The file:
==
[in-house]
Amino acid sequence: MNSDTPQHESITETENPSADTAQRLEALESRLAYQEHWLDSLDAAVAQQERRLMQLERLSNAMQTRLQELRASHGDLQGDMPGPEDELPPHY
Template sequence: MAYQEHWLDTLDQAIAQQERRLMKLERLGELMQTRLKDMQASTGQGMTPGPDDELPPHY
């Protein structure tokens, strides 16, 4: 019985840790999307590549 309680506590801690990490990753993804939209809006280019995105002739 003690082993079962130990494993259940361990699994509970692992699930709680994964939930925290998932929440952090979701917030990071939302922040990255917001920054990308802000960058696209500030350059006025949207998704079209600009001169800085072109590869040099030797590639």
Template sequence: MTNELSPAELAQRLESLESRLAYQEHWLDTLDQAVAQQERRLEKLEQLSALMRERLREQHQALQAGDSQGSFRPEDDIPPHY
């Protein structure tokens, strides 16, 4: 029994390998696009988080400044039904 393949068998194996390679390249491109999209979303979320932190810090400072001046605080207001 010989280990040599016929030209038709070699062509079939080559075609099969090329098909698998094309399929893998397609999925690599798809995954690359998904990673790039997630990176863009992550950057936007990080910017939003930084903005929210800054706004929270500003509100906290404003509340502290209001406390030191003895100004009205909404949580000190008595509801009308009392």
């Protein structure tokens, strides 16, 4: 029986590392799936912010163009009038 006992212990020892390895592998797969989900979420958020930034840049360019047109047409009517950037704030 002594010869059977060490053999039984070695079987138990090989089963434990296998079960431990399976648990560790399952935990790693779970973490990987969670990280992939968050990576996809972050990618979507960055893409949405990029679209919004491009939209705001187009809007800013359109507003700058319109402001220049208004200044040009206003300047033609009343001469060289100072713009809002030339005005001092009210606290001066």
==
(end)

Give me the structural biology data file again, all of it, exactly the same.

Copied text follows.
[in-house]
Amino acid sequence: MNSDTPQHESITETENPSADTAQRLEALESRLAYQEHWLDSLDAAVAQQERRLMQLERLSNAMQTRLQELRASHGDLQGDMPGPEDELPPHY
Template sequence: MAYQEHWLDTLDQAIAQQERRLMKLERLGELMQTRLKDMQASTGQGMTPGPDDELPPHY
């Protein structure tokens, strides 16, 4: 019985840790999307590549 309680506590801690990490990753993804939209809006280019995105002739 003690082993079962130990494993259940361990699994509970692992699930709680994964939930925290998932929440952090979701917030990071939302922040990255917001920054990308802000960058696209500030350059006025949207998704079209600009001169800085072109590869040099030797590639």
Template sequence: MTNELSPAELAQRLESLESRLAYQEHWLDTLDQAVAQQERRLEKLEQLSALMRERLREQHQALQAGDSQGSFRPEDDIPPHY
């Protein structure tokens, strides 16, 4: 029994390998696009988080400044039904 393949068998194996390679390249491109999209979303979320932190810090400072001046605080207001 010989280990040599016929030209038709070699062509079939080559075609099969090329098909698998094309399929893998397609999925690599798809995954690359998904990673790039997630990176863009992550950057936007990080910017939003930084903005929210800054706004929270500003509100906290404003509340502290209001406390030191003895100004009205909404949580000190008595509801009308009392």
């Protein structure tokens, strides 16, 4: 029986590392799936912010163009009038 006992212990020892390895592998797969989900979420958020930034840049360019047109047409009517950037704030 002594010869059977060490053999039984070695079987138990090989089963434990296998079960431990399976648990560790399952935990790693779970973490990987969670990280992939968050990576996809972050990618979507960055893409949405990029679209919004491009939209705001187009809007800013359109507003700058319109402001220049208004200044040009206003300047033609009343001469060289100072713009809002030339005005001092009210606290001066």